Nov 212013

This may be a strange leadership post, but I’m a visual person and sometimes I “see things” and gain an immediate understanding that would take a lot of time to explain, if it even could be adequately explained at all. When that happens, a picture truly is worth a thousand words.

I had established and was leading a smallish-sized church. It was a “set-up, tear-down” church in a temporary location. One Sunday, about three years into the venture, as the “tear-down” phase was about done, I was standing by the sound-mixing board at the back of the room. A good friend of mine had been mixing sound for us for about two years at that point. I had seen him each week but we hadn’t talked for a couple of weeks so I asked him what had been going on with him lately. He said, “I’ve been asking God what my job is.”

I was a little taken aback. I said, “Don’t you have enough jobs? You’re on the church board, you lead a weekly small group, you set-up and tear down the sound system every Sunday plus mixing sound for two services, and you work over forty hours a week, plus you’re married, and have a wife and two kids at home. How many jobs do you want?”

It was his turn to be a little taken aback. “Those are just things I do. I mean, the wife and kids part is a labor of love and I really do like my work. I enjoy all the things I do to help out at the church and I’m happy to do them. But I’ve been asking God, ‘What’s my job? What did you build me to do?’”

That’s where the conversation ended. Or maybe fizzled out and moved on to another topic is a better description. But his question bugged me for the next few days. I did a lot of stuff, too. Any kind of start up is an immense amount of work. Ask any entrepreneur. But what was my job?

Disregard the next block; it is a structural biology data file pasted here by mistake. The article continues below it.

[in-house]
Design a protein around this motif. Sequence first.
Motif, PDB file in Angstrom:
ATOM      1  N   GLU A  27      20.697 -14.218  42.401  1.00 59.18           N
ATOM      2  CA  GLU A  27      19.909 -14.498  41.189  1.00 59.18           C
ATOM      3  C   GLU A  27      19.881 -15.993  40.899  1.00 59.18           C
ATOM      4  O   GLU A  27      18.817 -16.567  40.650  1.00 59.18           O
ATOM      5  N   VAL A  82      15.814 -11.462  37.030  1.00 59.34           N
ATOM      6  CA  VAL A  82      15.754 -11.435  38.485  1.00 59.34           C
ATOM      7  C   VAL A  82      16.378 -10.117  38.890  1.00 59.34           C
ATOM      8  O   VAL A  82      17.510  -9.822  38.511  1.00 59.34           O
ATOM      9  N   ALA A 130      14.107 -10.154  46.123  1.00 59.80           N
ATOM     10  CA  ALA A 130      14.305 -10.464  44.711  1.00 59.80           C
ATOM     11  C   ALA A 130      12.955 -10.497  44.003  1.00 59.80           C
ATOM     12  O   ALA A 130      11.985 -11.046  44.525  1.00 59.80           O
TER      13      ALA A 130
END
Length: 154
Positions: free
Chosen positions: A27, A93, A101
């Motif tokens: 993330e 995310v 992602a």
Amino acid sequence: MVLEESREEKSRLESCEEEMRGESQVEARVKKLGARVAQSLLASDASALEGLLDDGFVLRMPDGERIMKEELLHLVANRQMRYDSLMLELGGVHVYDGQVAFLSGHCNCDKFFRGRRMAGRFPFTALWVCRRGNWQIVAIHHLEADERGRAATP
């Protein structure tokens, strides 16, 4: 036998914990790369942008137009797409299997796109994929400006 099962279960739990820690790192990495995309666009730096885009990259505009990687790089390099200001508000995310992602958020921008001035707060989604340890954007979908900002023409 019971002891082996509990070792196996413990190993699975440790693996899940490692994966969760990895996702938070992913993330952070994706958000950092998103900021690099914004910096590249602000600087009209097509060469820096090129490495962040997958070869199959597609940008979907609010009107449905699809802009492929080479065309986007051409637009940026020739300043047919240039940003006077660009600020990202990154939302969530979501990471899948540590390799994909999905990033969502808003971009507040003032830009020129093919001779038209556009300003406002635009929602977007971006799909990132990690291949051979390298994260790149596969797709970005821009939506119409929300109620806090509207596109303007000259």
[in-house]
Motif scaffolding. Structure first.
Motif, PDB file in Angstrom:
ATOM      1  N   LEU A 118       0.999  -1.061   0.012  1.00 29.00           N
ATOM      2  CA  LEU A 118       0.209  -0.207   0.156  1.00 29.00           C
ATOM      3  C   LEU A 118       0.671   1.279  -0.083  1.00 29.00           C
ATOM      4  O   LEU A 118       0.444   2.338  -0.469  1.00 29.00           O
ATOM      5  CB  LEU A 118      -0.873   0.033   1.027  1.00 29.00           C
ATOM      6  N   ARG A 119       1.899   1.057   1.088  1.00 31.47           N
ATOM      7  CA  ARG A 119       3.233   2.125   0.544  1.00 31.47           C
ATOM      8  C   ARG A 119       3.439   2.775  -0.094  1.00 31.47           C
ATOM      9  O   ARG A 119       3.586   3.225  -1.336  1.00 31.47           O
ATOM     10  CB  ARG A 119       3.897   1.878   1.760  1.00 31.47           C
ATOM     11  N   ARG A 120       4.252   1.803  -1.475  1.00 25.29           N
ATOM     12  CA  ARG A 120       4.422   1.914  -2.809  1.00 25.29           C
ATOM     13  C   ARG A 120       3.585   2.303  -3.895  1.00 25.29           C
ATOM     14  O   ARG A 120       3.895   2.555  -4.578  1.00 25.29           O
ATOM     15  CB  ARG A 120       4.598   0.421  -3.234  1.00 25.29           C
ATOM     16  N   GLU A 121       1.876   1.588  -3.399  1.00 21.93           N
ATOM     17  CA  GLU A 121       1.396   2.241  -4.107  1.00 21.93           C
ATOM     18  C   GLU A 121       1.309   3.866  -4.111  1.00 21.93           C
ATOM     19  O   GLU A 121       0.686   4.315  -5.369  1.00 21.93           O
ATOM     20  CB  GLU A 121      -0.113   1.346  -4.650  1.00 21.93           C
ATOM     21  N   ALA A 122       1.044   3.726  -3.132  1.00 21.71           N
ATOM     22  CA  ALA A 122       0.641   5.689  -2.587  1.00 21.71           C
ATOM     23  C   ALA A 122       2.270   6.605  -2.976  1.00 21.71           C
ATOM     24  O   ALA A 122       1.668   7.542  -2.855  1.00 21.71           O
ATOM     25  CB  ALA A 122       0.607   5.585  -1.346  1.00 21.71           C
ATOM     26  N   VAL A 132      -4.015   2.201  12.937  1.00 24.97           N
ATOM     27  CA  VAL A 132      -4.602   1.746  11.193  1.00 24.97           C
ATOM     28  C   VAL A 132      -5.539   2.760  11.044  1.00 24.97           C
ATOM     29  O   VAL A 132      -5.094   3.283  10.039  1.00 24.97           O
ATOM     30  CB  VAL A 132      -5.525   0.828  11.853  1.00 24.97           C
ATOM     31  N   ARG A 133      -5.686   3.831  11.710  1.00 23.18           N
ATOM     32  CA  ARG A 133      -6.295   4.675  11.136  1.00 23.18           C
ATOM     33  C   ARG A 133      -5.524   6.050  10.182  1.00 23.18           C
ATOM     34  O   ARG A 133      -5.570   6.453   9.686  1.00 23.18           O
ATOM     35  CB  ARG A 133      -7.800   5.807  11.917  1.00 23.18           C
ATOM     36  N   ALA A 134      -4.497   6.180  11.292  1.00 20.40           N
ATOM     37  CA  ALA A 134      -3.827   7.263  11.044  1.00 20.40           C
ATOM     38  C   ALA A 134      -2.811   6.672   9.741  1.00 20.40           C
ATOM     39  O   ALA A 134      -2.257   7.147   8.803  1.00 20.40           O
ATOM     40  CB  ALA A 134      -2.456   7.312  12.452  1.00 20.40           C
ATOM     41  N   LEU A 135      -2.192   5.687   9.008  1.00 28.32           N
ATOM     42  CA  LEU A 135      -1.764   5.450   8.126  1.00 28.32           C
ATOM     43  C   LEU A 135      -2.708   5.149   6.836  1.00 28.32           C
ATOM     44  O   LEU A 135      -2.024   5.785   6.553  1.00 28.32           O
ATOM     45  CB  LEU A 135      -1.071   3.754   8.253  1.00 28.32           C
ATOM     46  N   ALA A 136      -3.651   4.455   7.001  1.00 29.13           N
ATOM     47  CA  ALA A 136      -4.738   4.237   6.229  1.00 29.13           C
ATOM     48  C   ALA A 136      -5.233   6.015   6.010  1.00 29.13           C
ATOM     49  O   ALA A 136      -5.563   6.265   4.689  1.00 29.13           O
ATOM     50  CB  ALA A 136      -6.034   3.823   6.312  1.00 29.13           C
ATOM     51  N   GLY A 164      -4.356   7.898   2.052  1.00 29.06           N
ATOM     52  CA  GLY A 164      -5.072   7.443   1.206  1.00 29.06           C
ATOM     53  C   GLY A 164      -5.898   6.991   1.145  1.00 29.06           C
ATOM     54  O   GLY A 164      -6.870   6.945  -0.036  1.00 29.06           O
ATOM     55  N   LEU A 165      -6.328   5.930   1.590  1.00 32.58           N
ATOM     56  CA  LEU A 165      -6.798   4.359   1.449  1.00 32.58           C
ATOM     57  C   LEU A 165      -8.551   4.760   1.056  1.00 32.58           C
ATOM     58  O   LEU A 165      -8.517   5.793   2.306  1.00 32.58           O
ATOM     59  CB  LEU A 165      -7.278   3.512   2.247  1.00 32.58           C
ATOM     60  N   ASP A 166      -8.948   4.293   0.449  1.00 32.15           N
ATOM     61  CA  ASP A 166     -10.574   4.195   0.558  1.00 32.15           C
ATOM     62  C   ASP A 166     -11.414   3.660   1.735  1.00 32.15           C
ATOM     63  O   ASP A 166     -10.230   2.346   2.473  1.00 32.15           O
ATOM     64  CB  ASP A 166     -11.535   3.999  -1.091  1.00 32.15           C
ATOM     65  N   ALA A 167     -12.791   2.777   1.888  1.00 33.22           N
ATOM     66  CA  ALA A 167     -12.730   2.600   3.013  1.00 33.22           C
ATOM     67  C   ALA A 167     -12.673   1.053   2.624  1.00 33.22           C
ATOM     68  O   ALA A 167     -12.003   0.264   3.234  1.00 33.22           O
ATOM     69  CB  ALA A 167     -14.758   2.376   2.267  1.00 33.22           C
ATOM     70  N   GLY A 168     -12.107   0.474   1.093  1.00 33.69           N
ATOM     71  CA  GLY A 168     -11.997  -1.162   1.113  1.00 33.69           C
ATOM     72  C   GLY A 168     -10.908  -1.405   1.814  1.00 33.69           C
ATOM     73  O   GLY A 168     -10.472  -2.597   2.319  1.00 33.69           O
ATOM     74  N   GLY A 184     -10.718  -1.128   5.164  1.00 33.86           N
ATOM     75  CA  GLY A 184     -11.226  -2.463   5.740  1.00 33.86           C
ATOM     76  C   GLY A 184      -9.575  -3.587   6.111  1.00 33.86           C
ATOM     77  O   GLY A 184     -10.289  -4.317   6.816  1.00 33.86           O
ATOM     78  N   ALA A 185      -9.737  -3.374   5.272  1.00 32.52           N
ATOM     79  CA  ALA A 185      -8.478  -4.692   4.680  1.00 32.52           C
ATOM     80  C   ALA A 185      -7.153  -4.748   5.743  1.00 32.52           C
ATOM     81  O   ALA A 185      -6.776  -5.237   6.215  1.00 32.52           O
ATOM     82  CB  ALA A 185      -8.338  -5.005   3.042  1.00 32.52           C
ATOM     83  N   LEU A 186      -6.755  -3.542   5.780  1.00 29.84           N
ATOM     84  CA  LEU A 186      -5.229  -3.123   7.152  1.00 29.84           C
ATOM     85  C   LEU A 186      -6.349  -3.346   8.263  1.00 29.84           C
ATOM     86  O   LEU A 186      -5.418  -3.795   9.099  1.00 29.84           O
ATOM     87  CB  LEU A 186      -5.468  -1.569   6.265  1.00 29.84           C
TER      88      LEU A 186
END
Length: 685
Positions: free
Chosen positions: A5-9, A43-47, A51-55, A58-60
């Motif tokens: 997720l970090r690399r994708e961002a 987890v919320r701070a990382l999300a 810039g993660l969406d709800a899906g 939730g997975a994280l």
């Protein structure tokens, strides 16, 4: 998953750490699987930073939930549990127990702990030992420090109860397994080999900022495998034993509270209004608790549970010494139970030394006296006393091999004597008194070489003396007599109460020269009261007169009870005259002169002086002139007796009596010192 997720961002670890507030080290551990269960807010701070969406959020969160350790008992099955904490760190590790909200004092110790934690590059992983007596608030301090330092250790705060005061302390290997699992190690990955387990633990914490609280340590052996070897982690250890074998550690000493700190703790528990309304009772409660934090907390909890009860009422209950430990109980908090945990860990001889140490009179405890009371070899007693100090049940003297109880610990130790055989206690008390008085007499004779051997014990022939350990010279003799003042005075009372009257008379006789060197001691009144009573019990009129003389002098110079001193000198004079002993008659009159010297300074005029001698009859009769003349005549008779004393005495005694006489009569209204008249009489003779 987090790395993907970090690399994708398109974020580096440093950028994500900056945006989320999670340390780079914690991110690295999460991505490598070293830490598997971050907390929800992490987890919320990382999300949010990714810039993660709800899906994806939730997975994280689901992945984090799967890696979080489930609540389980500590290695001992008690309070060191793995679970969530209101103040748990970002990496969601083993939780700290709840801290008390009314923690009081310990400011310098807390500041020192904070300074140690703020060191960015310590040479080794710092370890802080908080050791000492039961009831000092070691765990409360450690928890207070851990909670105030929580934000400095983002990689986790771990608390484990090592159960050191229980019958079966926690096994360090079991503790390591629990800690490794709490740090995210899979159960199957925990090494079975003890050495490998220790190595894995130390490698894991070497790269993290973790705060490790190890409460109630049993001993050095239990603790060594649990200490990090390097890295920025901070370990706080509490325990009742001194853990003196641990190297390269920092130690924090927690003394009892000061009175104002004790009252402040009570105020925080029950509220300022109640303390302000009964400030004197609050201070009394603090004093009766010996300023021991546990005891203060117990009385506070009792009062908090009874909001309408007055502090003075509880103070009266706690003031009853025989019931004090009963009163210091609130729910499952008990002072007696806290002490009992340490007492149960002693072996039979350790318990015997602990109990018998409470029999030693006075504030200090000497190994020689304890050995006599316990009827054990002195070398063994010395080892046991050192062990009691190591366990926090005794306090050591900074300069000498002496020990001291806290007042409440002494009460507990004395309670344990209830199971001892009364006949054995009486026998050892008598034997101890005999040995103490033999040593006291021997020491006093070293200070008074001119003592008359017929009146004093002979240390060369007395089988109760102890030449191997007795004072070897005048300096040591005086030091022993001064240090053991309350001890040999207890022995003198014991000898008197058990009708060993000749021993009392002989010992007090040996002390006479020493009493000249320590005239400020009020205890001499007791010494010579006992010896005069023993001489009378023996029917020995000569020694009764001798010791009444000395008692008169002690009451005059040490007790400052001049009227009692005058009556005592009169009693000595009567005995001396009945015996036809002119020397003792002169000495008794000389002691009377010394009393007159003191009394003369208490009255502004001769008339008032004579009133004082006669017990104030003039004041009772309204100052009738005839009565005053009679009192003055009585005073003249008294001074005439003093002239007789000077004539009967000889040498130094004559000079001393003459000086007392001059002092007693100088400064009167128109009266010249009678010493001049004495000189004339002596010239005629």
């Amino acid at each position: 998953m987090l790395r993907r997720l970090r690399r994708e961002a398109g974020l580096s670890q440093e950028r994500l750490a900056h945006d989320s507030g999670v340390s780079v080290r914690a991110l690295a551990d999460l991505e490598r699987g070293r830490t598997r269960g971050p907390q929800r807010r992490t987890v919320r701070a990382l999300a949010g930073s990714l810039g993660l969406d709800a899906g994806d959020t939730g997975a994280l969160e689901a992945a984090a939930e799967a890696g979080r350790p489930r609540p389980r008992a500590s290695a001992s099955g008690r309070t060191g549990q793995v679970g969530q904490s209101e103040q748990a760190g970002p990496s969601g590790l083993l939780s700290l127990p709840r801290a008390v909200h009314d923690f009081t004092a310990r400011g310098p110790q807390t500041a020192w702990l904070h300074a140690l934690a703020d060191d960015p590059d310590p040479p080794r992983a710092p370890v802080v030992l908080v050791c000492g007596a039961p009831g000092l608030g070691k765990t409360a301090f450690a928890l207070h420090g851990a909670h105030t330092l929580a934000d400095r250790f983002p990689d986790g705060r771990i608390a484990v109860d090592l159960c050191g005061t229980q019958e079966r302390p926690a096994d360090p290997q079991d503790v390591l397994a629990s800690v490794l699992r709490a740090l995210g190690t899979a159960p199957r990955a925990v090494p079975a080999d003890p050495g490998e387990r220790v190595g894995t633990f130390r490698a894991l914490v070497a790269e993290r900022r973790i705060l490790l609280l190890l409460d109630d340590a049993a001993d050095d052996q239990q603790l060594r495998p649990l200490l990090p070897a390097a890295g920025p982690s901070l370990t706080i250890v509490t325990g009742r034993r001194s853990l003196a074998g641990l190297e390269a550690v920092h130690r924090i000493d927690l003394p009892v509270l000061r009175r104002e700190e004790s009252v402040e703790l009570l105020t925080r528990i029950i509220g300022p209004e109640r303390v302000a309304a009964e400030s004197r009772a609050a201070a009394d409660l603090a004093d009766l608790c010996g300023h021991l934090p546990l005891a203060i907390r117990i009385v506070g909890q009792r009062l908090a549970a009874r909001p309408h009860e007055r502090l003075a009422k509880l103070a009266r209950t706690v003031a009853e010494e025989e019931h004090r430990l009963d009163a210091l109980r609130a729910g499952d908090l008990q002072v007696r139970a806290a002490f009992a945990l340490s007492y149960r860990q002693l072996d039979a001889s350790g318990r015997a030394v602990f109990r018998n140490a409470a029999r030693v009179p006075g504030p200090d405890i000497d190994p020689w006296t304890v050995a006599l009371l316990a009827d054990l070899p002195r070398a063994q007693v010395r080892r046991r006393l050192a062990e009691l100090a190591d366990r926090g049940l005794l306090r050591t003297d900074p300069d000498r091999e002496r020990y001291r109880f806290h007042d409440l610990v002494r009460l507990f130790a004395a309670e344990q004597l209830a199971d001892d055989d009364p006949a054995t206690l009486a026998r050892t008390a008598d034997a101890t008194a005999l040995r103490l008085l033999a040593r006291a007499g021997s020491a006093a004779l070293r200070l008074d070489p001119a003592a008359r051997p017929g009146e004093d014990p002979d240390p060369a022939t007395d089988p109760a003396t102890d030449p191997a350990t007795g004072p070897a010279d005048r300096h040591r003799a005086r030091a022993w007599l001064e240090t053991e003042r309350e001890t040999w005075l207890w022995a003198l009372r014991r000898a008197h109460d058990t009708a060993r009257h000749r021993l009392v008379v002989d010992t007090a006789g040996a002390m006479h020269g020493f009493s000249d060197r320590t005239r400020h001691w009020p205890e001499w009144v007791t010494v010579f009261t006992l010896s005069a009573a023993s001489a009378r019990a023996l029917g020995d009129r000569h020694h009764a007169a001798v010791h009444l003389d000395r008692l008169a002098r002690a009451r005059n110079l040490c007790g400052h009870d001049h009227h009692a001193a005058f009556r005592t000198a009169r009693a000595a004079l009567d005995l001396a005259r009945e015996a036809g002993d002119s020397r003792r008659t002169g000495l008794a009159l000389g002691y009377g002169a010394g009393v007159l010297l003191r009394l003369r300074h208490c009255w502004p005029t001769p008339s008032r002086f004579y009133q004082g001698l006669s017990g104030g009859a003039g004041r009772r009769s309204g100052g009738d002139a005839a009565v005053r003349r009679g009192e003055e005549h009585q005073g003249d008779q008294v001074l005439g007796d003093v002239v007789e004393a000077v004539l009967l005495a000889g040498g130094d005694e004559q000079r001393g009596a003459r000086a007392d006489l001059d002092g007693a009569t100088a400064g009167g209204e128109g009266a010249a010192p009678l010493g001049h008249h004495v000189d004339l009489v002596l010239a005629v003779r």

One day as that nagging question intruded into a time of prayer, I saw a very clear picture of an umbrella—my umbrella. I knew it was mine because at that time I had a particularly ugly umbrella with alternating chocolate and camel colored panels that had banged around in the trunk of my car for who knows how many years. That was the umbrella I saw. It represented me.

That wasn’t all I saw. I saw people running around in the rain—heads down, eyes to the ground, collars turned up around their ears, wet hair plastered to their heads.  They were small in comparison to the umbrella. If the umbrella had been about three feet tall, the people would have been three to four inches. As I watched, the umbrella slowly opened until it provided a haven in the midst of the storm. People ran under it, noticed it had “stopped raining” (at least for them), and stopped running and looked around. They saw other people. Collars were turned down. Water was brushed from jackets and coats. Conversations started. Smiles broke out. Suddenly, I knew my job. I was to provide a place of shelter from life’s storms, a place where isolation could be exchanged for community, a place where people felt safe, a place of smiles.

That picture became the measuring stick against which I evaluated the many tasks that competed for my attention. Did doing the task help make that picture reality? Then let’s do it. Was it superfluous or even subtly in opposition to that picture? Then why would we waste time on it?

I’ve come to believe that knowing what their job is provides a “moral compass” to guide leaders through the selection and execution of the mountain of tasks competing for their attention. For me, a picture helps. Like I said, I’m a visual person.

How about you? What’s your job? I’d love to hear about it. Email here me or post a comment on my blog entry here.



 Posted by at 11:11 am